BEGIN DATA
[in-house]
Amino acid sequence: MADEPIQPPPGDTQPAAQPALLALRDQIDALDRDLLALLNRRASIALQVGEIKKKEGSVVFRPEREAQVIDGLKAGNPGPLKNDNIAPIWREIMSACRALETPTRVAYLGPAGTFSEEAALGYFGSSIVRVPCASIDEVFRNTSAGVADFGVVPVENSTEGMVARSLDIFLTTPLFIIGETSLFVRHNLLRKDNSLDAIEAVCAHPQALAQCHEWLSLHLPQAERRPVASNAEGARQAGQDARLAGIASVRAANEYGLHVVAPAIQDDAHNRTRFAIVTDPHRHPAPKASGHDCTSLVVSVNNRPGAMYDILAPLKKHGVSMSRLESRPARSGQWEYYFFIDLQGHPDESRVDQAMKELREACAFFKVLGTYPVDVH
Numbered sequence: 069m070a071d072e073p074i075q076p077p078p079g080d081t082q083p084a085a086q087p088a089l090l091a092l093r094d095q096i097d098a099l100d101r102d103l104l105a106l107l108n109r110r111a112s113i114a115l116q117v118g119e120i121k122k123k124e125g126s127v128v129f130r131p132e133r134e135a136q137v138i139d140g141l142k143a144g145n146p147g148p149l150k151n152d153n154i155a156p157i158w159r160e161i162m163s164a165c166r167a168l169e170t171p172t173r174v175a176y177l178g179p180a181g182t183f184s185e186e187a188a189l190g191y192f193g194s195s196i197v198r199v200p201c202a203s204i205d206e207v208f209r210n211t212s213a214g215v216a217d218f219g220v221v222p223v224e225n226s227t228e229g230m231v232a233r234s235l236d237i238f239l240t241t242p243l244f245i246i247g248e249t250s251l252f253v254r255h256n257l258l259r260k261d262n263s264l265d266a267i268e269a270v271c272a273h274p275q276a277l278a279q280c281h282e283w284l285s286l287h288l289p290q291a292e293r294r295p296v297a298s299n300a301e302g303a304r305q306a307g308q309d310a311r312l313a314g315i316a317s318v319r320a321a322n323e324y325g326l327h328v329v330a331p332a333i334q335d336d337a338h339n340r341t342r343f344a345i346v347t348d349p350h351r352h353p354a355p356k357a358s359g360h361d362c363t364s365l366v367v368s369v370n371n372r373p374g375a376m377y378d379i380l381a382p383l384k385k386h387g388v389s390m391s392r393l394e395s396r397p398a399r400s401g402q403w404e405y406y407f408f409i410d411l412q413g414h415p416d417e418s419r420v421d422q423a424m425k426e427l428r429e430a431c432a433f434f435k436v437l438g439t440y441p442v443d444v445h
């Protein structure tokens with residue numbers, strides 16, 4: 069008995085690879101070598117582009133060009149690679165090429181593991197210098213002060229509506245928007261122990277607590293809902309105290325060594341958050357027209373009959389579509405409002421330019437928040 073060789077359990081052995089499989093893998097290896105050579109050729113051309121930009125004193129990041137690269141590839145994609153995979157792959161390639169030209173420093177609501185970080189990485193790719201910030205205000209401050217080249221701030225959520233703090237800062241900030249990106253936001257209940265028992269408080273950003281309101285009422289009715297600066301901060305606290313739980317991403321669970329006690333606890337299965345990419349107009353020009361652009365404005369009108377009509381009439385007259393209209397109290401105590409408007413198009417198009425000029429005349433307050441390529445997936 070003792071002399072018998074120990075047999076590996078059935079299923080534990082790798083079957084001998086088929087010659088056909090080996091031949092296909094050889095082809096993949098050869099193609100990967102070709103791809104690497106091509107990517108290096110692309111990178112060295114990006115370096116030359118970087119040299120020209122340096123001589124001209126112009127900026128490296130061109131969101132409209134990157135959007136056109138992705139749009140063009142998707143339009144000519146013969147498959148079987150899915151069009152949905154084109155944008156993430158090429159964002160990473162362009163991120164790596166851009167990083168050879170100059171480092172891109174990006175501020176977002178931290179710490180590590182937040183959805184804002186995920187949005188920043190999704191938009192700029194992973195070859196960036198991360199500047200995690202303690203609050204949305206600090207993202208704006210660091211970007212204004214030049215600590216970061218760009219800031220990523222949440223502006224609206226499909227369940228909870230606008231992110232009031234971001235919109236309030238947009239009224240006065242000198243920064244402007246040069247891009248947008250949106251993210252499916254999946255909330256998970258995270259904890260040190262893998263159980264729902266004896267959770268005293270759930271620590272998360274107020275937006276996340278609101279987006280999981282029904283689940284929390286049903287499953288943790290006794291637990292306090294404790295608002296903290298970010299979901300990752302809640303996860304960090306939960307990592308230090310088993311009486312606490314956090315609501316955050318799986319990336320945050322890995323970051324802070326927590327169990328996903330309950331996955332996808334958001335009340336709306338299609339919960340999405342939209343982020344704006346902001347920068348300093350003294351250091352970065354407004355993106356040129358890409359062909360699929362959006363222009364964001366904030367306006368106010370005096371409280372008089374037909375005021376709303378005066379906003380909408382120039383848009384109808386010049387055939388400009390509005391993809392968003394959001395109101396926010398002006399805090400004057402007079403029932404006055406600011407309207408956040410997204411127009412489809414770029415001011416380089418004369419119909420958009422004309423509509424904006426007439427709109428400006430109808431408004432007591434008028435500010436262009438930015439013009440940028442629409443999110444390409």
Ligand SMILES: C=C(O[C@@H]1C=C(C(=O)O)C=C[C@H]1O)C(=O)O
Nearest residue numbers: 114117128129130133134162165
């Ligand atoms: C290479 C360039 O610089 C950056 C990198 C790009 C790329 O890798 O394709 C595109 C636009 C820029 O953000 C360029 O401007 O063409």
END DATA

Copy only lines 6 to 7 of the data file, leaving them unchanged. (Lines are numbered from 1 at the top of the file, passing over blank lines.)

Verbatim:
Nearest residue numbers: 114117128129130133134162165
């Ligand atoms: C290479 C360039 O610089 C950056 C990198 C790009 C790329 O890798 O394709 C595109 C636009 C820029 O953000 C360029 O401007 O063409």